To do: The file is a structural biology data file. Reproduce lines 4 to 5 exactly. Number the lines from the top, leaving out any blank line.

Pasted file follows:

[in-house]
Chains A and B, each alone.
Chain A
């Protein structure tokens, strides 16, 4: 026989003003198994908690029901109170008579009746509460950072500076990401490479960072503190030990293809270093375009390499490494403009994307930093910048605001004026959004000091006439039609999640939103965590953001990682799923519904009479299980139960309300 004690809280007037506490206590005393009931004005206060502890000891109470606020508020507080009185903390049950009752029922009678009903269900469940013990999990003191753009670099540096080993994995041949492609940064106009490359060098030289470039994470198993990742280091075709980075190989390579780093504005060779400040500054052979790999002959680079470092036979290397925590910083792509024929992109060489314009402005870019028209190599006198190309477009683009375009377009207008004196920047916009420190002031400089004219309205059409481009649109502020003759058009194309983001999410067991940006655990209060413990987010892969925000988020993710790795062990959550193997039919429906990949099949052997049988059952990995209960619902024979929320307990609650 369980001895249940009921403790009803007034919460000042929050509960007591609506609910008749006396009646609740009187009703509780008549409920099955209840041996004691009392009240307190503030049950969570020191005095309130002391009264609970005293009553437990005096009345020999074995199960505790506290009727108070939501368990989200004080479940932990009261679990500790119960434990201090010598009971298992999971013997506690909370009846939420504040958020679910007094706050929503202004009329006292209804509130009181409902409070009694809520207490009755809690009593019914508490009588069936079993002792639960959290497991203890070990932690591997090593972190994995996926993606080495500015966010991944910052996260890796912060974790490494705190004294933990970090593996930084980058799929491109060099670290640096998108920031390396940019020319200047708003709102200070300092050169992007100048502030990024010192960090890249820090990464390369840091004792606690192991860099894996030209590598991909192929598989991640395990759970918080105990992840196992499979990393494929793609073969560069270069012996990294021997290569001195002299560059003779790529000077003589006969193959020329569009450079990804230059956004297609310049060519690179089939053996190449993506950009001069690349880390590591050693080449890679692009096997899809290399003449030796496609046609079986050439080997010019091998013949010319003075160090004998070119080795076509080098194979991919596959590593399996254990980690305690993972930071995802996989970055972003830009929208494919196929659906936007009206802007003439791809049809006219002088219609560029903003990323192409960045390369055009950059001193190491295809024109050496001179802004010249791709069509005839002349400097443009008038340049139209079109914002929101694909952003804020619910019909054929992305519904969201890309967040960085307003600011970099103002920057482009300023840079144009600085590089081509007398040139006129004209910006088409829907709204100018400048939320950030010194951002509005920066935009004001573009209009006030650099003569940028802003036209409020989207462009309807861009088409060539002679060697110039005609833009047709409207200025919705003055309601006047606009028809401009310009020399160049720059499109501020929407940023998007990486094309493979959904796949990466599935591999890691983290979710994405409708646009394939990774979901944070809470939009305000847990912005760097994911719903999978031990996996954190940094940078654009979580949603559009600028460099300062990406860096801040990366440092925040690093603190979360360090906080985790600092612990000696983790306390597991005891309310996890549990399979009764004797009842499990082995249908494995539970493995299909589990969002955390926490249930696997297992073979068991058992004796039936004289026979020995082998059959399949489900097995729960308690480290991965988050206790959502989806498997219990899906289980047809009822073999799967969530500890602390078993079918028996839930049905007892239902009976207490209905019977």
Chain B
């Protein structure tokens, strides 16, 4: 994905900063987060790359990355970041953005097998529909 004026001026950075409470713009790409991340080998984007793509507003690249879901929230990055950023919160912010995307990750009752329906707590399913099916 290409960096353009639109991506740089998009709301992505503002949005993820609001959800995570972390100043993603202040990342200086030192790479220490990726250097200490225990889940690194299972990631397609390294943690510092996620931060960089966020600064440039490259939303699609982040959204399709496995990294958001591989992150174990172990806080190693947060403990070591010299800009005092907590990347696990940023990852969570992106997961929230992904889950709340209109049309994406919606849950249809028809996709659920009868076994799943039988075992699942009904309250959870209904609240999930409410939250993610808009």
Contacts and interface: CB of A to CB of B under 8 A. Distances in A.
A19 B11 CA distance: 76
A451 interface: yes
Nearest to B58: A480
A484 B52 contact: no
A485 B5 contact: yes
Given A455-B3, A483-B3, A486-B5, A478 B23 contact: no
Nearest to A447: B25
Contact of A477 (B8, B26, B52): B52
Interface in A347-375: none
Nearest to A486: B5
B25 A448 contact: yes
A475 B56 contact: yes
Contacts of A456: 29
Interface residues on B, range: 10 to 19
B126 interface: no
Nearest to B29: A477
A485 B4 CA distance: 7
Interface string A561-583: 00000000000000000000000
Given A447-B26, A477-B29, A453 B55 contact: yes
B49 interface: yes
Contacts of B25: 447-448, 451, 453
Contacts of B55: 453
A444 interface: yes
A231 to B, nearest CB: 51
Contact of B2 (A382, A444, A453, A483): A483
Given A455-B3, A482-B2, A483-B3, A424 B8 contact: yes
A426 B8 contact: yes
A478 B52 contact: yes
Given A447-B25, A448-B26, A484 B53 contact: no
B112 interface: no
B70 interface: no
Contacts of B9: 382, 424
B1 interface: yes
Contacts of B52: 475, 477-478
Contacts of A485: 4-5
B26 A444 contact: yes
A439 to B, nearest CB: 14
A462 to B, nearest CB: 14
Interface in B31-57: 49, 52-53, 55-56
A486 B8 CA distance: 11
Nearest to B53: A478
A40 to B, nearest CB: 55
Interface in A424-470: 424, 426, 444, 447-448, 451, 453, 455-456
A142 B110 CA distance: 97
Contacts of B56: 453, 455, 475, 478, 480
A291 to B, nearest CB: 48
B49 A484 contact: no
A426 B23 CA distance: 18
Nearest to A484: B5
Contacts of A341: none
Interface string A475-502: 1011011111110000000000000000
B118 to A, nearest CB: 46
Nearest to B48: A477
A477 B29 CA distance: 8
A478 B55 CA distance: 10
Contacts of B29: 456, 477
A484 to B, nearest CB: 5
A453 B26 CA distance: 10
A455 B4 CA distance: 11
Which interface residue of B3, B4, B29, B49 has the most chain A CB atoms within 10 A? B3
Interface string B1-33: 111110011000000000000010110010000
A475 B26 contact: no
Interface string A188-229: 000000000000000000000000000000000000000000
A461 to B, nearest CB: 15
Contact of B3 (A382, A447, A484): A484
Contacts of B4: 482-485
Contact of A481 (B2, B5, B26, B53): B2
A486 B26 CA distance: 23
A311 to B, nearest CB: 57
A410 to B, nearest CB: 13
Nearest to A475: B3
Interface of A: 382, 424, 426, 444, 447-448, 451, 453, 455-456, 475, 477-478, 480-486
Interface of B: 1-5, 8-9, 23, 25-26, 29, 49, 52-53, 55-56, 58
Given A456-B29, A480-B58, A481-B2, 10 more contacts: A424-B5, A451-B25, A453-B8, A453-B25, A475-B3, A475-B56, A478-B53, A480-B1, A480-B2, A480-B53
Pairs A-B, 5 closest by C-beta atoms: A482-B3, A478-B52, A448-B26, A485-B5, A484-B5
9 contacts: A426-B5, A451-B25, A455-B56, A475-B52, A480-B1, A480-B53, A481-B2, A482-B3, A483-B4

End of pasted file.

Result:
């Protein structure tokens, strides 16, 4: 026989003003198994908690029901109170008579009746509460950072500076990401490479960072503190030990293809270093375009390499490494403009994307930093910048605001004026959004000091006439039609999640939103965590953001990682799923519904009479299980139960309300 004690809280007037506490206590005393009931004005206060502890000891109470606020508020507080009185903390049950009752029922009678009903269900469940013990999990003191753009670099540096080993994995041949492609940064106009490359060098030289470039994470198993990742280091075709980075190989390579780093504005060779400040500054052979790999002959680079470092036979290397925590910083792509024929992109060489314009402005870019028209190599006198190309477009683009375009377009207008004196920047916009420190002031400089004219309205059409481009649109502020003759058009194309983001999410067991940006655990209060413990987010892969925000988020993710790795062990959550193997039919429906990949099949052997049988059952990995209960619902024979929320307990609650 369980001895249940009921403790009803007034919460000042929050509960007591609506609910008749006396009646609740009187009703509780008549409920099955209840041996004691009392009240307190503030049950969570020191005095309130002391009264609970005293009553437990005096009345020999074995199960505790506290009727108070939501368990989200004080479940932990009261679990500790119960434990201090010598009971298992999971013997506690909370009846939420504040958020679910007094706050929503202004009329006292209804509130009181409902409070009694809520207490009755809690009593019914508490009588069936079993002792639960959290497991203890070990932690591997090593972190994995996926993606080495500015966010991944910052996260890796912060974790490494705190004294933990970090593996930084980058799929491109060099670290640096998108920031390396940019020319200047708003709102200070300092050169992007100048502030990024010192960090890249820090990464390369840091004792606690192991860099894996030209590598991909192929598989991640395990759970918080105990992840196992499979990393494929793609073969560069270069012996990294021997290569001195002299560059003779790529000077003589006969193959020329569009450079990804230059956004297609310049060519690179089939053996190449993506950009001069690349880390590591050693080449890679692009096997899809290399003449030796496609046609079986050439080997010019091998013949010319003075160090004998070119080795076509080098194979991919596959590593399996254990980690305690993972930071995802996989970055972003830009929208494919196929659906936007009206802007003439791809049809006219002088219609560029903003990323192409960045390369055009950059001193190491295809024109050496001179802004010249791709069509005839002349400097443009008038340049139209079109914002929101694909952003804020619910019909054929992305519904969201890309967040960085307003600011970099103002920057482009300023840079144009600085590089081509007398040139006129004209910006088409829907709204100018400048939320950030010194951002509005920066935009004001573009209009006030650099003569940028802003036209409020989207462009309807861009088409060539002679060697110039005609833009047709409207200025919705003055309601006047606009028809401009310009020399160049720059499109501020929407940023998007990486094309493979959904796949990466599935591999890691983290979710994405409708646009394939990774979901944070809470939009305000847990912005760097994911719903999978031990996996954190940094940078654009979580949603559009600028460099300062990406860096801040990366440092925040690093603190979360360090906080985790600092612990000696983790306390597991005891309310996890549990399979009764004797009842499990082995249908494995539970493995299909589990969002955390926490249930696997297992073979068991058992004796039936004289026979020995082998059959399949489900097995729960308690480290991965988050206790959502989806498997219990899906289980047809009822073999799967969530500890602390078993079918028996839930049905007892239902009976207490209905019977």
Chain B